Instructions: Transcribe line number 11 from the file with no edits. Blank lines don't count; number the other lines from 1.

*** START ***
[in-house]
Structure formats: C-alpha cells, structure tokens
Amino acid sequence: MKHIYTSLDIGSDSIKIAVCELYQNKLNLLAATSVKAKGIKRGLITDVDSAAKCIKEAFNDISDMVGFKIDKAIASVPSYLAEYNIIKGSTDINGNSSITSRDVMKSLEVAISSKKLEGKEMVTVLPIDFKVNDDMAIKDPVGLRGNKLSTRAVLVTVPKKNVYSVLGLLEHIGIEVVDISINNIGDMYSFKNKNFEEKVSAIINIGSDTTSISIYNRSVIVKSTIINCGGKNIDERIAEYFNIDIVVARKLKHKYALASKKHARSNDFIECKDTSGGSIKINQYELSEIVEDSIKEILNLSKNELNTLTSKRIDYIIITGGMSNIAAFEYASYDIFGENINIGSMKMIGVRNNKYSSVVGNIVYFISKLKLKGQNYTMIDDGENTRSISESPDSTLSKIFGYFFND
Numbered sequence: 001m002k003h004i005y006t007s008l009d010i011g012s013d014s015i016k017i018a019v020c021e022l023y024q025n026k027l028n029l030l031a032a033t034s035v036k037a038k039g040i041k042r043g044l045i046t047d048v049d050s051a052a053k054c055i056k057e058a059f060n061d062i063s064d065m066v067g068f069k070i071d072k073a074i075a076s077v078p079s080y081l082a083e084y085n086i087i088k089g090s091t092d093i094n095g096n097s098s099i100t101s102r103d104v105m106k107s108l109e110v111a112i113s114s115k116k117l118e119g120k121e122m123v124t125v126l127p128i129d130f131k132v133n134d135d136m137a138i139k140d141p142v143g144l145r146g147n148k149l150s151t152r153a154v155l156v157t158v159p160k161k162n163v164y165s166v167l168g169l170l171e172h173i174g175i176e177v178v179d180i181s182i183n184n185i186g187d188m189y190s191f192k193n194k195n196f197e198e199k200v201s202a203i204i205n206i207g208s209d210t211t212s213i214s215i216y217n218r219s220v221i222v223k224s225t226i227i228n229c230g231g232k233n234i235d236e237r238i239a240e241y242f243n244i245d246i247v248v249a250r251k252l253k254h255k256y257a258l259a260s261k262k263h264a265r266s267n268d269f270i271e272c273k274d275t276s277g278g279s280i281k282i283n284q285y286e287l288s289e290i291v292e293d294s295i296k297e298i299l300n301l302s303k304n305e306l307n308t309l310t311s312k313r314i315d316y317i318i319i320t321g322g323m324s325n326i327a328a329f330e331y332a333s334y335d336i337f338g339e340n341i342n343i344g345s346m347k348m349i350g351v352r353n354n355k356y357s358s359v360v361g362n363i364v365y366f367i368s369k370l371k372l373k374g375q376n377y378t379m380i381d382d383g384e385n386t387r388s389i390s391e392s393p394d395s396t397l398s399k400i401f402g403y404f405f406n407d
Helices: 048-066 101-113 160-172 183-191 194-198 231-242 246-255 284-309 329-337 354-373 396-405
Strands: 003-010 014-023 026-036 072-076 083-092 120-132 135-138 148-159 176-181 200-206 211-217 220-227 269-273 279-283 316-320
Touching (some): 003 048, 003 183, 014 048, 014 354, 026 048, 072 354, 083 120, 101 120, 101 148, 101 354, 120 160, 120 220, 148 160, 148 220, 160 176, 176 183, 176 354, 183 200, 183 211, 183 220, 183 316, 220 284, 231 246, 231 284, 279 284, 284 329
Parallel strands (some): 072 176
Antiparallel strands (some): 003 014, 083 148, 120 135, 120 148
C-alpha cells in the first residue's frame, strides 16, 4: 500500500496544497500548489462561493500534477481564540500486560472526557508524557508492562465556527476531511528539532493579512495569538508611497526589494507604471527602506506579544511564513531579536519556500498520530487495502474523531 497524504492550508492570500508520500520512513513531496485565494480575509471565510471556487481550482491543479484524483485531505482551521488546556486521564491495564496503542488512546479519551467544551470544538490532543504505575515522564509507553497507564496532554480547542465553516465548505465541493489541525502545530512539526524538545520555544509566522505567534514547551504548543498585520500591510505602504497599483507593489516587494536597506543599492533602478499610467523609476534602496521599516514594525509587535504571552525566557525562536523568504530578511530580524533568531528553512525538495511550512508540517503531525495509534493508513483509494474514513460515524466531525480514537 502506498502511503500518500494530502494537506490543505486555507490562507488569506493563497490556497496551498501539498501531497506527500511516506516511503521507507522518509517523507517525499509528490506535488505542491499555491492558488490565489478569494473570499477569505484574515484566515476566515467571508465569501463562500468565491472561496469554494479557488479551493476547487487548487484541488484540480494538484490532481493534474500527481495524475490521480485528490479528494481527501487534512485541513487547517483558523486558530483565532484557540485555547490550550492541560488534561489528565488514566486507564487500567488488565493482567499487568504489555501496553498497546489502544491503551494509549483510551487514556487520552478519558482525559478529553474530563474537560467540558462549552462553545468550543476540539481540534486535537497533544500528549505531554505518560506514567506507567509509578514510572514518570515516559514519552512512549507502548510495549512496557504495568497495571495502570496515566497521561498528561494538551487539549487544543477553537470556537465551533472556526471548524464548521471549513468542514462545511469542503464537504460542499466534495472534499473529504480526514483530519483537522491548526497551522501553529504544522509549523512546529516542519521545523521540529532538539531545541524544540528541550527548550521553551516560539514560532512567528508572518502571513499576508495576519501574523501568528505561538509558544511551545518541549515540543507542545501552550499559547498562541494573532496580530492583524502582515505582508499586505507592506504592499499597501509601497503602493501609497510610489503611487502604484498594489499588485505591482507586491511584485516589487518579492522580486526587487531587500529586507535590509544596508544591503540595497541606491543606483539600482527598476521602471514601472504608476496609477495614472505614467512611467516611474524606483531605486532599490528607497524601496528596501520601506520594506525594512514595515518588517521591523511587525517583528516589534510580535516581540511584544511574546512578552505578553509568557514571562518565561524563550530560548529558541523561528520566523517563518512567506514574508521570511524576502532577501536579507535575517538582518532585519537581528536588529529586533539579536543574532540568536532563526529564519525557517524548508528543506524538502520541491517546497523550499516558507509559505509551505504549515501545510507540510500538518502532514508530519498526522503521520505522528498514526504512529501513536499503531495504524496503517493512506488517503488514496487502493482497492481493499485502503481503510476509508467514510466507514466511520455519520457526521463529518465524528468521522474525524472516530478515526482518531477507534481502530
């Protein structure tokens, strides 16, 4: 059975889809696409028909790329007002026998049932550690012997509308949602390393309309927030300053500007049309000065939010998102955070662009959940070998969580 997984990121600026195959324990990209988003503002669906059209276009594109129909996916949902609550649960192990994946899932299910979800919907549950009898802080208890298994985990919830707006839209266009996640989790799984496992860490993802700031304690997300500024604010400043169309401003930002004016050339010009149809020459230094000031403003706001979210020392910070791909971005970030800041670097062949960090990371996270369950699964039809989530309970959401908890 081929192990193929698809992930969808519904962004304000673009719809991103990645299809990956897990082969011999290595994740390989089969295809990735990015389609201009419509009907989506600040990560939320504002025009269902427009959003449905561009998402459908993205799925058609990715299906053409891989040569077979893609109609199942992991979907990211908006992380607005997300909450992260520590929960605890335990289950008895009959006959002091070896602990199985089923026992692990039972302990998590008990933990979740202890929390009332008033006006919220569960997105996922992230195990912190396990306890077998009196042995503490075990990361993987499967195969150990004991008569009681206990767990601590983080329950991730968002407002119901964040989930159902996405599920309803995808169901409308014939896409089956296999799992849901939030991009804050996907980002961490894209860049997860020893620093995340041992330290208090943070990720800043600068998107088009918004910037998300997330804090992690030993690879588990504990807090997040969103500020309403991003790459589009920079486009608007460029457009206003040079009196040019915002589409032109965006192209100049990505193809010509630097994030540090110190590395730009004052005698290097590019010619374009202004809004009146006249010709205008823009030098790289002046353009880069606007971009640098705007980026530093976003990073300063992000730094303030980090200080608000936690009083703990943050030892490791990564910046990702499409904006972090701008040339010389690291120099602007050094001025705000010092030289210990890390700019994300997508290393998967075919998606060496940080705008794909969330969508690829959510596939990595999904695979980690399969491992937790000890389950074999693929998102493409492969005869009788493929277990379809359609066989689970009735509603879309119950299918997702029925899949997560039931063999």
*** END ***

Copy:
């Protein structure tokens, strides 16, 4: 059975889809696409028909790329007002026998049932550690012997509308949602390393309309927030300053500007049309000065939010998102955070662009959940070998969580 997984990121600026195959324990990209988003503002669906059209276009594109129909996916949902609550649960192990994946899932299910979800919907549950009898802080208890298994985990919830707006839209266009996640989790799984496992860490993802700031304690997300500024604010400043169309401003930002004016050339010009149809020459230094000031403003706001979210020392910070791909971005970030800041670097062949960090990371996270369950699964039809989530309970959401908890 081929192990193929698809992930969808519904962004304000673009719809991103990645299809990956897990082969011999290595994740390989089969295809990735990015389609201009419509009907989506600040990560939320504002025009269902427009959003449905561009998402459908993205799925058609990715299906053409891989040569077979893609109609199942992991979907990211908006992380607005997300909450992260520590929960605890335990289950008895009959006959002091070896602990199985089923026992692990039972302990998590008990933990979740202890929390009332008033006006919220569960997105996922992230195990912190396990306890077998009196042995503490075990990361993987499967195969150990004991008569009681206990767990601590983080329950991730968002407002119901964040989930159902996405599920309803995808169901409308014939896409089956296999799992849901939030991009804050996907980002961490894209860049997860020893620093995340041992330290208090943070990720800043600068998107088009918004910037998300997330804090992690030993690879588990504990807090997040969103500020309403991003790459589009920079486009608007460029457009206003040079009196040019915002589409032109965006192209100049990505193809010509630097994030540090110190590395730009004052005698290097590019010619374009202004809004009146006249010709205008823009030098790289002046353009880069606007971009640098705007980026530093976003990073300063992000730094303030980090200080608000936690009083703990943050030892490791990564910046990702499409904006972090701008040339010389690291120099602007050094001025705000010092030289210990890390700019994300997508290393998967075919998606060496940080705008794909969330969508690829959510596939990595999904695979980690399969491992937790000890389950074999693929998102493409492969005869009788493929277990379809359609066989689970009735509603879309119950299918997702029925899949997560039931063999």